1982 saw the Brigade purchase the present Volvo appliance, under much controversy, since it was considered to be state of the art in fire appliances, some thought it was “too good for volunteers”, however this appliance proved its worth ten times over the following year when the Brigade was in the front line of the devastating fires of Ash Wednesday. February 16 1983, in the Burnside Hills, millions of dollars damage at Mt. Osmond and Greenhill occurred. The Brigade worked almost non stop for 2 weeks after the fires, and hosted brigades from all over the state in their efforts to help our community. The Council, Auxillary and local services all banded together to provide relief services to those effected by the fire.

After the coroner’s inquiry into the Ash Wednesday fires, the CFS had to restructure itself and make improvements in communications, incident control, hazard reduction, equipment and infrastructure. Burnside CFS also saw great change at this time, as a result of the Ash Wednesday fires. The Burnside community gave overwhelming support to the Brigade. The result was the building of a new crew room and kitchen onto the station, most of which was funded by public donation.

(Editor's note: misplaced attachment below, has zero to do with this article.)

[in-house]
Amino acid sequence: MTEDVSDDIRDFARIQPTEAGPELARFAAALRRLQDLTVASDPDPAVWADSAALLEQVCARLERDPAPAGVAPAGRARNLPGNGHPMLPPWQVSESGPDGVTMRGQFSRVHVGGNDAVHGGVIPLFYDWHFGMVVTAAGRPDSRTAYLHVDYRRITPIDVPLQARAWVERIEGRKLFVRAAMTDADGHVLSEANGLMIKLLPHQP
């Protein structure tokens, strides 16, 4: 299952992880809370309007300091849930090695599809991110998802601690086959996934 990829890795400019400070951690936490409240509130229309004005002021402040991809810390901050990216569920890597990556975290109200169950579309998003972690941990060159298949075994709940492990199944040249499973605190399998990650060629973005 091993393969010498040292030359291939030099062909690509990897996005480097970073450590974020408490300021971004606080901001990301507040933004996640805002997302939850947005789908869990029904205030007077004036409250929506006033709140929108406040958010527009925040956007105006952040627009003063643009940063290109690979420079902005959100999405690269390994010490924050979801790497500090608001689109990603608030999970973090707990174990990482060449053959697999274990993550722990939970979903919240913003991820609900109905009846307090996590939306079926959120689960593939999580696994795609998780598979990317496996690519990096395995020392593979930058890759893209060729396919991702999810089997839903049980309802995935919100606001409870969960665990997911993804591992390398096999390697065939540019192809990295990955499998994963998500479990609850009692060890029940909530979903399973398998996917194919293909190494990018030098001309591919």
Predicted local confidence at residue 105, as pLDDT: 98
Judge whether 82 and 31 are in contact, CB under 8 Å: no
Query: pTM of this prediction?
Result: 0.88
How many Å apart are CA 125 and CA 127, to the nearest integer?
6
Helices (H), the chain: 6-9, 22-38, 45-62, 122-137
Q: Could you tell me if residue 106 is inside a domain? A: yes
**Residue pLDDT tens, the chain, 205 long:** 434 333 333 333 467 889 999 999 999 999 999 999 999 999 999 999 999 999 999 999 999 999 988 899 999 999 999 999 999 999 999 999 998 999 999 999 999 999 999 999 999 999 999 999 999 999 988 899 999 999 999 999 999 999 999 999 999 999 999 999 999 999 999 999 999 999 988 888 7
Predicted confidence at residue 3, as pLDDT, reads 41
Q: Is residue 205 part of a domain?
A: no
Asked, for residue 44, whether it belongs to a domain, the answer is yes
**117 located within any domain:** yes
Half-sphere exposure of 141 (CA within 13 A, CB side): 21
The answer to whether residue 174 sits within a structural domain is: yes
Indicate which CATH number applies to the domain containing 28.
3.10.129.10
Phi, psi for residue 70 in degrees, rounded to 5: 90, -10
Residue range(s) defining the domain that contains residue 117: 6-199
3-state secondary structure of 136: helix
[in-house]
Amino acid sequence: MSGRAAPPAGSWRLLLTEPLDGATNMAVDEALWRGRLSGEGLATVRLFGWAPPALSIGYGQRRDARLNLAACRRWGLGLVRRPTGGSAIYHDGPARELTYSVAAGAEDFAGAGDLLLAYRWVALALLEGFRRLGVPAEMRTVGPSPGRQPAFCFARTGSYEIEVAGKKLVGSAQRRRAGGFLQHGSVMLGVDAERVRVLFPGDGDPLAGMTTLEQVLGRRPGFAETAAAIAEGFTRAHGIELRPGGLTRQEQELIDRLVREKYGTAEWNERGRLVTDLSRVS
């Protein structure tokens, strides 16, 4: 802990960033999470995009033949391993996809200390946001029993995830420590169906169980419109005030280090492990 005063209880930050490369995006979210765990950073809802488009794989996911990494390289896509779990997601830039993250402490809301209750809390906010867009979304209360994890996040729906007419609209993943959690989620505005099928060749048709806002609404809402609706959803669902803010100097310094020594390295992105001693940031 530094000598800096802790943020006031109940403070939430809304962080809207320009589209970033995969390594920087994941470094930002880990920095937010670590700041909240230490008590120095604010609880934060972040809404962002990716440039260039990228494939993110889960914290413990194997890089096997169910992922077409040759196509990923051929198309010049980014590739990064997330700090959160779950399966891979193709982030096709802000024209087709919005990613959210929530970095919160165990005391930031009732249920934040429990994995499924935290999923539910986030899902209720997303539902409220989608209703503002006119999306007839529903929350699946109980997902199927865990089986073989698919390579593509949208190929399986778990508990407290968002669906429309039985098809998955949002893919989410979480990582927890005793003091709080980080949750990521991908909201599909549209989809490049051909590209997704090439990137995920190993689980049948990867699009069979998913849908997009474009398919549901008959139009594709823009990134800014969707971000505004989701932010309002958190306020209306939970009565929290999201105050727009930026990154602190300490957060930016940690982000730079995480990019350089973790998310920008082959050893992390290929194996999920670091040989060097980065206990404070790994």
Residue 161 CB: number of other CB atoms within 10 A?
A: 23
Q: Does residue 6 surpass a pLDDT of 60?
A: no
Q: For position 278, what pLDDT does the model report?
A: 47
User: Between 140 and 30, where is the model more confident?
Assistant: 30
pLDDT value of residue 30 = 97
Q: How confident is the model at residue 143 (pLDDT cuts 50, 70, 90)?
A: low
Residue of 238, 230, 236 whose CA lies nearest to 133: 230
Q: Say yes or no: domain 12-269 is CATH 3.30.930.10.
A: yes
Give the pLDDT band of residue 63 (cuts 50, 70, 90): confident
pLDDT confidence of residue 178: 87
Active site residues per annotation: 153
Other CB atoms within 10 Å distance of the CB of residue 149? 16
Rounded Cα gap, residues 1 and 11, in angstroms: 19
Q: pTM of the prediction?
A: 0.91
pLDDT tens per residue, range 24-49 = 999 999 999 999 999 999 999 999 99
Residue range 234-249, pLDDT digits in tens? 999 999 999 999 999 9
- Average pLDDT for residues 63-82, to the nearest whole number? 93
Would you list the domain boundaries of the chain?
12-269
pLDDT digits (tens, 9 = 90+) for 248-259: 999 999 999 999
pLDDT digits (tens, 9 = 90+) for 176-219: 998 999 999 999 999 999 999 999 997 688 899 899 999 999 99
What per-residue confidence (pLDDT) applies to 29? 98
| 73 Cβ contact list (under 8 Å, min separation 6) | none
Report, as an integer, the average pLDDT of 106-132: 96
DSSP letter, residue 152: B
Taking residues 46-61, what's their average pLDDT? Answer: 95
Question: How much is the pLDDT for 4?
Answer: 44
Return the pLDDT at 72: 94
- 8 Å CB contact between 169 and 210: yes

1985 saw the Brigade build a new communications room with the expertise for this coming from our own members. The Brigade also purchased its first paging system enabling members to receive emergency calls within a large radius. 1985 also saw the Brigade involved in the early beginnings of mutual aid with the MFS, due to a fire at the Torrens Island Power Station. This became the ongoing precedent for mutual aid arrangements with the MFS for future large incidents.

During 1986, the Brigade was asked to house and staff the State Hazardous Chemical Vehicle by CFS Headquarters. This has seen members travel all over the state in the control and clean up of hazardous chemical spills.

1987 saw the beginning of task forces to all parts of the state, the first being to the Flinders Ranges area. This being the first of many through out the late 80’s in the quest for CFS mutual aid to areas where local resources have been taxed to the limit and relief crews are required. 1989 saw a new CFS Act with more comprehensive guidelines for fire suppression and incident management. It also saw the Brigade involved in a 10 day commitment in MFS mutual aid when a grain ship at Pt. Adelaide caught fire and taxed both Fire Services to the limit. Volunteer members worked shifts around the clock looking after the city and suburbs during this time.

The beginning of the 90’s began with a tragedy for the Brigade. Firefighter Peter Stacy was killed in our water tanker in an accident at Clarendon whilst fighting a fire in the Scott Creek area. The Brigade rallied after this tragedy and developed a memorial garden at the station. In Peter’s memory, and with Council assistance, the Brigade set about building a new water tanker to replace the one destroyed in the accident.